Children's Bureau

CB partners with federal, state, tribal, and local child welfare agencies to improve the overall health and well-being of children and families. CB is deeply committed to collaboration between child welfare agencies and their partners in order to provide comprehensive supports that create the conditions for strong, safe, and thriving families. CB’s top priority is to reshape child welfare in the United States to focus on proactively strengthening families through primary prevention of child maltreatment. To be effective, a primary prevention approach must engage service providers located in communities where families live and must involve partners from various disciplines providing families with supports individualized to meet their needs. Integral to this approach is collaboration between child welfare agencies and community partners that support early childhood development, such as child care providers, early intervention, HS/EHS, and other early care and education providers. These entities are well positioned to know the strengths, resources, and ways in which their families, friends, and neighbors are struggling and the types of supports and services that will be most culturally responsive and appropriate to their needs. Current data indicate that children from birth to 3 years old are particularly vulnerable to maltreatment[1]. This emphasizes the importance of partnerships between early childhood and child welfare systems in order to strategically coordinate methods for effectively supporting families with young children.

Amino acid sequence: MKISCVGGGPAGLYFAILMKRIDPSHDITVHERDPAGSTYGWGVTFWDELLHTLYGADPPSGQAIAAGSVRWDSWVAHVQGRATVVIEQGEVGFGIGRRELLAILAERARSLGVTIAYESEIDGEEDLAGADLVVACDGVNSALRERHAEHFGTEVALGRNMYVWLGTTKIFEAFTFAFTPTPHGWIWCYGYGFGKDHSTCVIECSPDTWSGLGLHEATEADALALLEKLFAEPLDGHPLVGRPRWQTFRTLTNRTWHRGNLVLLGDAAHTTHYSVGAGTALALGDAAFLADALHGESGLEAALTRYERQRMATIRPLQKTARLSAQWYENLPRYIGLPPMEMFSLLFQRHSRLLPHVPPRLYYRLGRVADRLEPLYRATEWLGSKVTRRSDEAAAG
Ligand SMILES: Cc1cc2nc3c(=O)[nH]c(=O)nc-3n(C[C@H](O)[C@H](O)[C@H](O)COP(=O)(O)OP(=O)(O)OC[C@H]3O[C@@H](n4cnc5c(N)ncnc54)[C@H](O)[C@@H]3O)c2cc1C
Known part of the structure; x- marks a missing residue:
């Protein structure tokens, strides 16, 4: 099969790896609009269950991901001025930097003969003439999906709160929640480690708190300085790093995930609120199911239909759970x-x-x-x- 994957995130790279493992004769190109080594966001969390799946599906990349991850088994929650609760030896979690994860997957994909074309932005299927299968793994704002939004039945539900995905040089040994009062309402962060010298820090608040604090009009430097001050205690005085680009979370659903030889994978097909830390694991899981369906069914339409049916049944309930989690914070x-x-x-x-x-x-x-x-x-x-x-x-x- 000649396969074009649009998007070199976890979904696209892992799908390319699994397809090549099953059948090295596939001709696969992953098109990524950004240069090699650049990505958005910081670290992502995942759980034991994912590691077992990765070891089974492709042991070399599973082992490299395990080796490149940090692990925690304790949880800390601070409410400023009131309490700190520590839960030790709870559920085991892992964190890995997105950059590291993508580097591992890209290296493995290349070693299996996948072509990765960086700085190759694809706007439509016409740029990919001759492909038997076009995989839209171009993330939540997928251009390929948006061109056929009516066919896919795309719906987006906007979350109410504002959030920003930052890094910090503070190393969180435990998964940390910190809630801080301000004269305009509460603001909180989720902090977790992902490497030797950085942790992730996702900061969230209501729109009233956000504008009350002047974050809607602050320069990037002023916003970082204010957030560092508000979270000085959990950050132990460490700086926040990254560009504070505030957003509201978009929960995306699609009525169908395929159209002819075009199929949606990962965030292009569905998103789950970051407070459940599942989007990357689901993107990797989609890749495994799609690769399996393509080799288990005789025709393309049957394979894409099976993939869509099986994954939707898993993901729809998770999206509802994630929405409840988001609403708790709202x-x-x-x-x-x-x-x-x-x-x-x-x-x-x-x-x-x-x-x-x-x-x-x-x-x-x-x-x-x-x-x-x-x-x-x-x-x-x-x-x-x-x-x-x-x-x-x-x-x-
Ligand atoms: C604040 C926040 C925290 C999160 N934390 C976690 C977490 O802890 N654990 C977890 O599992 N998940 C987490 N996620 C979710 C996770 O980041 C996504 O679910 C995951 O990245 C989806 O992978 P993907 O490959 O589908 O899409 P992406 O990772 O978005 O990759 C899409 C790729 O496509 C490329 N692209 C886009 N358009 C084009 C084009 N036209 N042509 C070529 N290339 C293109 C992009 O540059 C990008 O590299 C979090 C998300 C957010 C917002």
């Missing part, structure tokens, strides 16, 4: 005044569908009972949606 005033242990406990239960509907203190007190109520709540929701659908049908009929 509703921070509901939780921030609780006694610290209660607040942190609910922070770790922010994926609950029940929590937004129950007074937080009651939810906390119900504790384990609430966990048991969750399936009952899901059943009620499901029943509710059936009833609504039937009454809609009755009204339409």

Partnership Opportunities

Partnerships between early care and education programs and the child welfare system can support children and their families by providing a safe and enriched learning environment; connections to holistic, family-centered, and culturally appropriate services; and early identification of developmental delays and access to early intervention.

Programs and resources aimed at preventing child abuse and neglect must start early. Early childhood providers and child welfare agencies must collaborate to develop and provide effective, comprehensive programming to address the needs of children and families. Strategic and meaningful collaboration between child welfare agencies and early childhood providers in the development and provision of appropriate services will help to strengthen families’ protective capacities, reduce the risk of initial harm to children and family disruption, and help all families thrive.

The Family First Prevention Services Act (FFPSA), enacted as part of Public Law (Pub. L.) 115–123, authorized new optional Title IV-E funding for time-limited, evidence-based prevention services for mental health, substance abuse, and in-home parent skill-based programs for children or youth who are candidates for foster care, pregnant or parenting youth in foster care, and the parents or kin caregivers of those children and youth. State child-welfare agencies that elect to provide the Title IV-E prevention program must submit a 5-year plan for their Title IV-E prevention program, and this process requires engaging stakeholders across various sectors.

General information about CB.

Technical assistance resources.

Information about the Title IV-E Prevention Services Program.

[1] U.S. Department of Health & Human Services, Administration for Children and Families, Administration on Children, Youth and Families, Children’s Bureau. (2020). Child Maltreatment 2018.

Last Reviewed Date: